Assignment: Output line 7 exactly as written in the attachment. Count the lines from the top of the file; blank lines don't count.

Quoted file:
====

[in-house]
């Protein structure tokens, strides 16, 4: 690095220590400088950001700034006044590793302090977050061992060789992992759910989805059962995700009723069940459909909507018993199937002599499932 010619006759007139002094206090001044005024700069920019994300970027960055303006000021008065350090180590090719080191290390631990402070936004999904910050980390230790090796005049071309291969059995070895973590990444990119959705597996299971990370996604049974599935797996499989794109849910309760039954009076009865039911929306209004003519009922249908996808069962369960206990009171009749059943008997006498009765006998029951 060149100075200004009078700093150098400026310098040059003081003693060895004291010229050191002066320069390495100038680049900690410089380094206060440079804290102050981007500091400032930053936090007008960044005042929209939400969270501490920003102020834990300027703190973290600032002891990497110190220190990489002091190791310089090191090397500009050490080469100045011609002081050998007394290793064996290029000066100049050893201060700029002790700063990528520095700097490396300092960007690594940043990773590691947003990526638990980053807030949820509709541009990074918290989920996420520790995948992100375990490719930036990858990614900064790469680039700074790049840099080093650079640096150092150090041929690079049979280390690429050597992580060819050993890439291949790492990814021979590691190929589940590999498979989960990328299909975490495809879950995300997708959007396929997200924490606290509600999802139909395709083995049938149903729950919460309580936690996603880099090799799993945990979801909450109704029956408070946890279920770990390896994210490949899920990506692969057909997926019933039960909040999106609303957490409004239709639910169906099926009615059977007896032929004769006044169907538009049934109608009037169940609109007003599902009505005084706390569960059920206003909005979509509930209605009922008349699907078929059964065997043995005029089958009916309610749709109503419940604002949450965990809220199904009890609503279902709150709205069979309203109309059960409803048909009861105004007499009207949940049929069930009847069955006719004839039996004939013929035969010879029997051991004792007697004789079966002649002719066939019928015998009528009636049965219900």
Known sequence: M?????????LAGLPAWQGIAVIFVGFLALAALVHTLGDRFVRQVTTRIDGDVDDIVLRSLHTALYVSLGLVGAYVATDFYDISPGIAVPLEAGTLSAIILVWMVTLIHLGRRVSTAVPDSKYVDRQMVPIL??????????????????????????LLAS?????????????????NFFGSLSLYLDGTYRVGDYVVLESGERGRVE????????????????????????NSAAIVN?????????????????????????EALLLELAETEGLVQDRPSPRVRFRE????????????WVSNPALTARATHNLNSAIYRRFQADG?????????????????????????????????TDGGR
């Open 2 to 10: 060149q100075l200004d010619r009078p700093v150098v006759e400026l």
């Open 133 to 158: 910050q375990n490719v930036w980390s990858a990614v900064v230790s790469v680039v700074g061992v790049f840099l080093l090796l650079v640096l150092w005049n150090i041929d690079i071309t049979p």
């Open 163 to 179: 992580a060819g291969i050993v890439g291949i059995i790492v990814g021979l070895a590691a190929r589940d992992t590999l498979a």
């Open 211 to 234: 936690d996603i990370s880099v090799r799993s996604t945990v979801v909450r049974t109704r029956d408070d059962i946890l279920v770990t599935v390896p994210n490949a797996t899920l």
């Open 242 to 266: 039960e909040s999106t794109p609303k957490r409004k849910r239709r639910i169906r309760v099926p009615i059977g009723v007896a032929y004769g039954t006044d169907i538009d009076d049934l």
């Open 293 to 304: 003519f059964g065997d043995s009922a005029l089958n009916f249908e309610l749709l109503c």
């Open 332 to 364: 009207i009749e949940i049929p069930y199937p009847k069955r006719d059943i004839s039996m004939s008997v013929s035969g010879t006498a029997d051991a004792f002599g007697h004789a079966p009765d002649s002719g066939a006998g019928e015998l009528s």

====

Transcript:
């Open 211 to 234: 936690d996603i990370s880099v090799r799993s996604t945990v979801v909450r049974t109704r029956d408070d059962i946890l279920v770990t599935v390896p994210n490949a797996t899920l």